9 cash-saving tips that pay big bucks
What it's worth: For Beveridge, it's worth a lot. Making 75 percent of all purchases through online discounts, Beveridge estimates that he saves $40 a month simply by shopping around for deals. Because you can get everything from pencils to plane tickets discounted online, price-comparing families could shave $50 to $200 off their spending budgets each month.
- A one-time deposit of $600 to $2,400 amounts to $1,655 to $6,622, respectively.
- Annual deposits of these amounts add up to $15,077 to $60,310, respectively.
Madison DuPaix, a Madison, Wis., mother of three and author of the finance blog My Dollar Plan, always looks for ways to maximize savings, such as cutting the phone bill. After switching from a local phone service to Vonage last year, DuPaix pocketed an extra $240, or $20 per month. Thanks to broadband Internet phone systems like Vonage and Skype -- a service that allows free member-to-member calls and long distance for a penny per minute -- thrifty consumers can all but forget about footing landline bills.
What it's worth: Households that eliminate a landline and stick with cell phone plans can cut $30 per month out of their utilities budget, and those who trade cell phones for broadband phone systems can save even more. Shove $40 per month, or $480 at the end of the year, in a tax-favored savings plan for 15 years, and here's what happens:
- A one-time deposit of $480 grows to $1,324.
- Annual deposits of $480 add up to $12,062.
Weatherize the house
Your kid's college fund could be flying out the window, says Jonni McCoy, author of "Miserly Moms: Living Well on Less in a Tough Economy."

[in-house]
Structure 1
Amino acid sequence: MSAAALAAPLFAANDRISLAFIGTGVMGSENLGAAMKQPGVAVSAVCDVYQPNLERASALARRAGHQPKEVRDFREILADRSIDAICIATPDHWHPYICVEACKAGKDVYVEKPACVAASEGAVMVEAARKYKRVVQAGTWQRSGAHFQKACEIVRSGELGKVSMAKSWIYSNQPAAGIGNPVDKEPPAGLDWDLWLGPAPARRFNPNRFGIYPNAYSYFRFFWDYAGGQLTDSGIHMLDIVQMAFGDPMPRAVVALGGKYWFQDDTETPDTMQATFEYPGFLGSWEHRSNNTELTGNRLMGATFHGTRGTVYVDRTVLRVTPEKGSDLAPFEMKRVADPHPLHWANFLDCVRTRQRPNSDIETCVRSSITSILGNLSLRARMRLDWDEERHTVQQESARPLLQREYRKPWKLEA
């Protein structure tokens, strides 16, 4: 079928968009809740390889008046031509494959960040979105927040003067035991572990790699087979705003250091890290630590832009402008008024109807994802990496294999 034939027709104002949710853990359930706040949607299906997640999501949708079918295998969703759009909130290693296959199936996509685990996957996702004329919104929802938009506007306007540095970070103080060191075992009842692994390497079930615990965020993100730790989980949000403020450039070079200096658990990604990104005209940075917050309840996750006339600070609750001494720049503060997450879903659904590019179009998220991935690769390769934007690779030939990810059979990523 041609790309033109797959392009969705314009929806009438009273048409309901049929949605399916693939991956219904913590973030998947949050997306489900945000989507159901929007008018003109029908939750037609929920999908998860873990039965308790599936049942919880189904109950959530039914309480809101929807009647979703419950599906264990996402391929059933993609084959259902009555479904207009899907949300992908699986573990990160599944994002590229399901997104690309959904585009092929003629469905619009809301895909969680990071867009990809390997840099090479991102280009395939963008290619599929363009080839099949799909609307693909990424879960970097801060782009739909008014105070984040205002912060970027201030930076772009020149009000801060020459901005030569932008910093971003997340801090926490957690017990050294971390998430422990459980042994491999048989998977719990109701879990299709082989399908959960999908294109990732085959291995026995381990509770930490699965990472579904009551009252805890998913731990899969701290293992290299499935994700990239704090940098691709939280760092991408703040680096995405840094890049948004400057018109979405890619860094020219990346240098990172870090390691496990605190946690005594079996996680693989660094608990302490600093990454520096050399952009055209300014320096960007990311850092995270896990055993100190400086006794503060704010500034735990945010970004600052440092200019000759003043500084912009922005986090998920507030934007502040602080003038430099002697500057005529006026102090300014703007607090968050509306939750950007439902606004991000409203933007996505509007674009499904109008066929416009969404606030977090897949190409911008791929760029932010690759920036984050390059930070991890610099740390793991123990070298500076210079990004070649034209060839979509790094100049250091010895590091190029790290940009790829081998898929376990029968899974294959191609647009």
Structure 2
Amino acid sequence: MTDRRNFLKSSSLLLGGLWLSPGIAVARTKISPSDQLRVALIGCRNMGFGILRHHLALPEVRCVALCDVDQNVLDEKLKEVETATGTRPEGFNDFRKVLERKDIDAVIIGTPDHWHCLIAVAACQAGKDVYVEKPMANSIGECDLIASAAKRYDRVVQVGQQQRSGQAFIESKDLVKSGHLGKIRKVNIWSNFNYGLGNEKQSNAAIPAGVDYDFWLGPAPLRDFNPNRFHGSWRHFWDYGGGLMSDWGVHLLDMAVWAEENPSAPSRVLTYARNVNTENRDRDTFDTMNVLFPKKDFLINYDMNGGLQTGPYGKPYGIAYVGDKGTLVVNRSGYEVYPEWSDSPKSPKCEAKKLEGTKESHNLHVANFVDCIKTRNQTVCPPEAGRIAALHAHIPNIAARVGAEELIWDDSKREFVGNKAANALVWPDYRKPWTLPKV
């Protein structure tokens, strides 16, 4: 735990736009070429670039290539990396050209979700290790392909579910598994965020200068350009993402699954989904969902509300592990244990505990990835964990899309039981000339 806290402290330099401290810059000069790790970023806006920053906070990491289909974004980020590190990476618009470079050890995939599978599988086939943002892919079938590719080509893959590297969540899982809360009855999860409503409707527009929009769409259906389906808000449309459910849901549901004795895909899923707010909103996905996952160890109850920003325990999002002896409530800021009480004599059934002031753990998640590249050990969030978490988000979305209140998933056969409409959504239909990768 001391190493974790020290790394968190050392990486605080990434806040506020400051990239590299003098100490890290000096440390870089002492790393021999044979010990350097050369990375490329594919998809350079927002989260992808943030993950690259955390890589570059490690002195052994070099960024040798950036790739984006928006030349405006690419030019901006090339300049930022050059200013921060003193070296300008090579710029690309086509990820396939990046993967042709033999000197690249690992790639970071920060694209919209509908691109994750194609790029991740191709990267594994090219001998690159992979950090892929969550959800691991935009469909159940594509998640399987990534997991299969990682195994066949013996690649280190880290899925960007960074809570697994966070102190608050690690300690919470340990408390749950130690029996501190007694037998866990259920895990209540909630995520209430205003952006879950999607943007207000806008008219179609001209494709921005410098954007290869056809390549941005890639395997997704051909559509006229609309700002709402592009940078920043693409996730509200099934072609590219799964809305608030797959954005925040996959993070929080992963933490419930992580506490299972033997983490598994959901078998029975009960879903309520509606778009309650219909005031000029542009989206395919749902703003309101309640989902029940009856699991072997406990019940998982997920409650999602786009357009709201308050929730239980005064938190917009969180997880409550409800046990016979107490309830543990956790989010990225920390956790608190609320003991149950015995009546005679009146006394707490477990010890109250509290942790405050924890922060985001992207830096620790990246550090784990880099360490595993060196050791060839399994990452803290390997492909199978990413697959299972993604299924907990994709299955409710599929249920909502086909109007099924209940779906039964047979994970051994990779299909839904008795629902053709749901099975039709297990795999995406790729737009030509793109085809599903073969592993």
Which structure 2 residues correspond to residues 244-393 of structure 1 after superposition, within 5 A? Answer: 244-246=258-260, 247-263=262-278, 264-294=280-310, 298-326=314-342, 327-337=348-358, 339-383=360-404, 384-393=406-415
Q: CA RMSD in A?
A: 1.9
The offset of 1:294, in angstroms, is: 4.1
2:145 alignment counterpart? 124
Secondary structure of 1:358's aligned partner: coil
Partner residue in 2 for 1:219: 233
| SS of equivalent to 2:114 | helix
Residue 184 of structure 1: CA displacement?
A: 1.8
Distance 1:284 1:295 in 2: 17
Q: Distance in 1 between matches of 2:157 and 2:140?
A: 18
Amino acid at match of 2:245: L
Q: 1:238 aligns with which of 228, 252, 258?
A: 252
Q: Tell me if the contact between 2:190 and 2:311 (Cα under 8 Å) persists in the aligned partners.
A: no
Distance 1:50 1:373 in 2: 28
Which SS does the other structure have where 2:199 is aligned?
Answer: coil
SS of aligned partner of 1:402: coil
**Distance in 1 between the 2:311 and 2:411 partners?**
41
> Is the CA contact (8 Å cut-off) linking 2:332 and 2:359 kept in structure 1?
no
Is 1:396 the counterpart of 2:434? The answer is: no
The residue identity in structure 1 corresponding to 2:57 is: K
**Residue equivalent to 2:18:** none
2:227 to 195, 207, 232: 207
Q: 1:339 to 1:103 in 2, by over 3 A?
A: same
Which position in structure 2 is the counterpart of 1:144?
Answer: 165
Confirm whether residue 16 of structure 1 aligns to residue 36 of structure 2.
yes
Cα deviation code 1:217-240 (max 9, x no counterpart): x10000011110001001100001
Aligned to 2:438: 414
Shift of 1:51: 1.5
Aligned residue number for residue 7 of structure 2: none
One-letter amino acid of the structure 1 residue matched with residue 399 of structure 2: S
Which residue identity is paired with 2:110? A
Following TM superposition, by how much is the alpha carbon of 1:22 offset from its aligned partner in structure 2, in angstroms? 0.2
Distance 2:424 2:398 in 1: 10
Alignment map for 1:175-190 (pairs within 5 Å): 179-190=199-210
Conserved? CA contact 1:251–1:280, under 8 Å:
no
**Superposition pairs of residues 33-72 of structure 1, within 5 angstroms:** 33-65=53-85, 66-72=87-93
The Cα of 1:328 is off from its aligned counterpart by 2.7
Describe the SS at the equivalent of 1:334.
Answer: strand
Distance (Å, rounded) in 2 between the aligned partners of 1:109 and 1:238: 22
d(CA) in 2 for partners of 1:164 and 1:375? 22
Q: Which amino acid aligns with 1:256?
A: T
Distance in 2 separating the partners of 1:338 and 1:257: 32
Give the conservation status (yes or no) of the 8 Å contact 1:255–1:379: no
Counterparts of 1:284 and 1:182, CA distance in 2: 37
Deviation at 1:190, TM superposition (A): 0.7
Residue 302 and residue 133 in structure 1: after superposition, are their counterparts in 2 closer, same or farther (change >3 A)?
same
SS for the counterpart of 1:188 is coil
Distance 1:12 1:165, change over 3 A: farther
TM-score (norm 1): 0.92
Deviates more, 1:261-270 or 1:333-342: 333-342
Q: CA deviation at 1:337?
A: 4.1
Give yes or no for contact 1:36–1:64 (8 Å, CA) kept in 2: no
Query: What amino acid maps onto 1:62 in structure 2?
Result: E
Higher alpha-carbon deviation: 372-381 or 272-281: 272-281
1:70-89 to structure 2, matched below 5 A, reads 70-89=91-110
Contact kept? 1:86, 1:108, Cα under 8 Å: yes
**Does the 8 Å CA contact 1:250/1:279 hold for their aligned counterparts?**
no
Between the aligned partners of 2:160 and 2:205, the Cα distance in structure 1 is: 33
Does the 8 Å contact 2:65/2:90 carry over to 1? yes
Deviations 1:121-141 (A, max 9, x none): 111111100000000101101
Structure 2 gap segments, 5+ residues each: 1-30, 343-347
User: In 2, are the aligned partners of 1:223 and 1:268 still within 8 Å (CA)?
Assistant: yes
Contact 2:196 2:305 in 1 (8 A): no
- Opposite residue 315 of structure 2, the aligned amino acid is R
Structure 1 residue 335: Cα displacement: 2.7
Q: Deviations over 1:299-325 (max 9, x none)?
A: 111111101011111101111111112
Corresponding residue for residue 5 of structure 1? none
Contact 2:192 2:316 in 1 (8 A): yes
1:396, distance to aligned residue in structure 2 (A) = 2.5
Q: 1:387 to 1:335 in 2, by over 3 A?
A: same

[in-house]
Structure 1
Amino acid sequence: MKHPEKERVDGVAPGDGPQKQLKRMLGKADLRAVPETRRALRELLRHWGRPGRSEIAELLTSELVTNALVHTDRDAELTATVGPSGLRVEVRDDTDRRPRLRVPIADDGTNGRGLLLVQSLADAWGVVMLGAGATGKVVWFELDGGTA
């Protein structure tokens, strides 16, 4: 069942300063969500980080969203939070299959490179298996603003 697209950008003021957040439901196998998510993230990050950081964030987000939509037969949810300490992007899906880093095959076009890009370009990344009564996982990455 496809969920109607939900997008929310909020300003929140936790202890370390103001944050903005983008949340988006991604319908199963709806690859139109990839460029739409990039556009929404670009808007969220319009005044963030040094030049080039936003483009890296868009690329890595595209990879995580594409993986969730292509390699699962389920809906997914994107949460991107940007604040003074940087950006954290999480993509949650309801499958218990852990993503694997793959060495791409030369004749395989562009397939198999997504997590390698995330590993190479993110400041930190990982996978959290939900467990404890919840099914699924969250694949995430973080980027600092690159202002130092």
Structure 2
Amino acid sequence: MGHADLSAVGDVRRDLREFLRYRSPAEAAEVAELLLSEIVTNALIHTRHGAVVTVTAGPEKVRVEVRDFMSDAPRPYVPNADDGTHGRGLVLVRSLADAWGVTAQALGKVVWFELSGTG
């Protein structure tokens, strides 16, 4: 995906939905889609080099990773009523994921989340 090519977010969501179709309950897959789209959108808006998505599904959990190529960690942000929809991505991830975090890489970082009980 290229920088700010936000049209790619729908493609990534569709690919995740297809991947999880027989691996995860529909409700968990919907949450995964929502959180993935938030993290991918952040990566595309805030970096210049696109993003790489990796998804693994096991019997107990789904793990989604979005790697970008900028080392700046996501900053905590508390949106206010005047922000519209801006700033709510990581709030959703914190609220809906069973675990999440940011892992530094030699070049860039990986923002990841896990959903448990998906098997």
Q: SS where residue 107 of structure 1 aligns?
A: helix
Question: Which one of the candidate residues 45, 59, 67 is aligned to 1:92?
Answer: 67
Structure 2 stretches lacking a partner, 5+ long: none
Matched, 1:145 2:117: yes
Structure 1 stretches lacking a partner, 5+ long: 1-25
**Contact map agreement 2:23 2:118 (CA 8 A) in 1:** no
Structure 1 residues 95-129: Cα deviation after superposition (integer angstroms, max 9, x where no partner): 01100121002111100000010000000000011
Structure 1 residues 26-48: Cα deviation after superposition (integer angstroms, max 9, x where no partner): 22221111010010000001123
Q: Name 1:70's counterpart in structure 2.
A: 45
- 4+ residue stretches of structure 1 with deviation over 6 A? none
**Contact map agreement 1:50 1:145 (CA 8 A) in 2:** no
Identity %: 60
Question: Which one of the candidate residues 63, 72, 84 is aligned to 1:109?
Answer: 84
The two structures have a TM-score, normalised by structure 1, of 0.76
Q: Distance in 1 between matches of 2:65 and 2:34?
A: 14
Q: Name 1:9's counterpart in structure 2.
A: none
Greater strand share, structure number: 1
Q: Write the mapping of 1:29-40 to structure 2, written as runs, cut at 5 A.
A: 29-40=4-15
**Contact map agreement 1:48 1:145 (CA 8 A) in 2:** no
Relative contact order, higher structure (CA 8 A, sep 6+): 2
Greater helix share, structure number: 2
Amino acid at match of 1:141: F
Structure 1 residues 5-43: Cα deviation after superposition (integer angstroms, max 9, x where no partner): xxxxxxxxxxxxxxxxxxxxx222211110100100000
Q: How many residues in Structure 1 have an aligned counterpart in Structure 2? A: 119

"Consumers save 3 percent on their heating bill for every degree they turn down the thermostat," McCoy says. "They also lose money by not replacing the weather stripping around their windows, washing clothes in hot water and not insulating pipes around their water heater."
What it's worth: It depends on location. In states with moderate weather year round, tightening the insulation screws may have little effect. For those living in more extreme climates, simple steps like installing heating and air conditioning timers can save hundreds. According to a study by the Energy Information Administration -- the U.S. government's official source for energy statistics -- the average household spent $1,137 last winter in heat alone. Lowering the thermostat just 5 degrees in winter means reducing costs by 15 percent, or saving $170.55 after one season.
- A one-time deposit of $170.55 grows to $471.
- Annual deposits add up to $4,286 in 15 years.
Raise the deductibles
The average individual annually spends $4,704 on health insurance premiums, according to the Kaiser Foundation; $1,954 is spent on car insurance premiums, according to RateWatch auto insurance; and $804 is spent on homeowners insurance, reports the Insurance Information Institute. That's $621.83 per month on insurance premiums alone. McCoy says that smart spenders can sidestep some of those premiums by raising their deductibles.
"How much you save is going to vary from policy to policy," she says, "but it does pay to go back and see where you can trim some fat."
McCoy adds that consumers can also save cash by purchasing all insurance policies through one provider.